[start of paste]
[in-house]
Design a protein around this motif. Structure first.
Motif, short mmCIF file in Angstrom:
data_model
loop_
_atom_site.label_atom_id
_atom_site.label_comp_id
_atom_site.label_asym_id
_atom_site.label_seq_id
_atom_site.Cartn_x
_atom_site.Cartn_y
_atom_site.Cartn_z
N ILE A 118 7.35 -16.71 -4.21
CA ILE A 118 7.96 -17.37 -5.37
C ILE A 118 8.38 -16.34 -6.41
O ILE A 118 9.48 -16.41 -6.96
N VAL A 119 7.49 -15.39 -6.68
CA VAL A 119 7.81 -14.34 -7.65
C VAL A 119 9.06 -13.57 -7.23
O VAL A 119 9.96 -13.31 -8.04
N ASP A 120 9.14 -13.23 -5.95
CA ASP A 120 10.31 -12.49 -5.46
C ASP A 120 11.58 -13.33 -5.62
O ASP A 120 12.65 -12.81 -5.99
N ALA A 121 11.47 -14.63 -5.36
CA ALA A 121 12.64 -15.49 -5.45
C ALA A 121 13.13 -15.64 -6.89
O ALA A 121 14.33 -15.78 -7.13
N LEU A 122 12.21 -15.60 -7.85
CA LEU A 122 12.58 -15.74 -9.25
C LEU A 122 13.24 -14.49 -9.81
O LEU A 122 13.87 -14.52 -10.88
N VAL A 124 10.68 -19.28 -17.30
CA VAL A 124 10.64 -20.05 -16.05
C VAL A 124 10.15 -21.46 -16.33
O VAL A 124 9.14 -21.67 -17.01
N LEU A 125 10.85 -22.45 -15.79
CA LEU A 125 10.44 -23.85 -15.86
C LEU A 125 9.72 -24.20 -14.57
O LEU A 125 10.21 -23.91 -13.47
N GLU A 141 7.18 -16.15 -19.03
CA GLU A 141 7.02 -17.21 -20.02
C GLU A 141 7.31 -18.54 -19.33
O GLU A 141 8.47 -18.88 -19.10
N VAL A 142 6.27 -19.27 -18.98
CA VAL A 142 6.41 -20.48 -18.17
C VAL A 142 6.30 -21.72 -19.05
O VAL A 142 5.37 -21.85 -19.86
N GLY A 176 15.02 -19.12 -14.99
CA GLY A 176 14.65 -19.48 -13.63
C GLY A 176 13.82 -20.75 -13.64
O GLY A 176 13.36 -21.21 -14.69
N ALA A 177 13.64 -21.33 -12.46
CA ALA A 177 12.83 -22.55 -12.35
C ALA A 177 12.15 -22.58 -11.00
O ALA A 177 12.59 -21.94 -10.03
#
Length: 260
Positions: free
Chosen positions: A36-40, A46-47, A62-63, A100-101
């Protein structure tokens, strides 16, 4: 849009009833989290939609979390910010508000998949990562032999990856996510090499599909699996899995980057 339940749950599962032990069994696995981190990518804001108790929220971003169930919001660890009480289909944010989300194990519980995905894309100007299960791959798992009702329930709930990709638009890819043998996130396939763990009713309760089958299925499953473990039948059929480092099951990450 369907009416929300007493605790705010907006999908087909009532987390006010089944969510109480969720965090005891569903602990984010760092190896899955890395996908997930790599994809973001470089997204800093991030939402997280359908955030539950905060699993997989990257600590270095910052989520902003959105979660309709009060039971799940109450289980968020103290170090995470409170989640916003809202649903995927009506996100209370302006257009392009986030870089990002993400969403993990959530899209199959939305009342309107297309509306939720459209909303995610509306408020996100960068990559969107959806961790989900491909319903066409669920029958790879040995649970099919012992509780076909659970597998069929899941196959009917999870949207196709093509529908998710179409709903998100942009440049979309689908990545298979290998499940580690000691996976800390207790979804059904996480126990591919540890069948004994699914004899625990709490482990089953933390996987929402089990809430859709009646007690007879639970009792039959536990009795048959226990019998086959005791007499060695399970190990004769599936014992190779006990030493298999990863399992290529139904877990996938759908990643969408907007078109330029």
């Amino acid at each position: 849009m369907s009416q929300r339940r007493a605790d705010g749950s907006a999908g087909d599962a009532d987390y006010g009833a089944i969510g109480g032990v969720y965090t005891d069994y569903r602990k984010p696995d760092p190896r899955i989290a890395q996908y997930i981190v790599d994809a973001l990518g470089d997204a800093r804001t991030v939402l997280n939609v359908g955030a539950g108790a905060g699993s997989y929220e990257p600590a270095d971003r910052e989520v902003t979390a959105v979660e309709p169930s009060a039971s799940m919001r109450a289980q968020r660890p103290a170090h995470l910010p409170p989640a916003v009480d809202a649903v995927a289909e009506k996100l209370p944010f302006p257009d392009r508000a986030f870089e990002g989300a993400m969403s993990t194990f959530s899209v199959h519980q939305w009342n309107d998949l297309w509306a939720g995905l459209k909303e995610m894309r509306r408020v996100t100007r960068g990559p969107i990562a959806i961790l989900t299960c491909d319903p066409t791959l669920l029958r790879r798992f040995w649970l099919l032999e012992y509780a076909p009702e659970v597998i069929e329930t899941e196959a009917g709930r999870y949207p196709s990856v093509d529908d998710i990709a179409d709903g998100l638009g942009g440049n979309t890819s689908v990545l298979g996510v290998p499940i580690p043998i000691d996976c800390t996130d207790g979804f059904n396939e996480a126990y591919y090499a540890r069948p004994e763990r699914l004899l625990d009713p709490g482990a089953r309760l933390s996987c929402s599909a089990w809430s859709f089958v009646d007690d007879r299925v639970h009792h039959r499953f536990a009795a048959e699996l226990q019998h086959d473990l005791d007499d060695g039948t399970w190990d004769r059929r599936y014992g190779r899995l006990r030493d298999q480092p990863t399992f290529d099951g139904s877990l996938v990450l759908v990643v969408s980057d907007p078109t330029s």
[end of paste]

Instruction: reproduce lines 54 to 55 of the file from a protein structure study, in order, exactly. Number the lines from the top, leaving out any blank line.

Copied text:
CA ALA A 177 12.83 -22.55 -12.35
C ALA A 177 12.15 -22.58 -11.00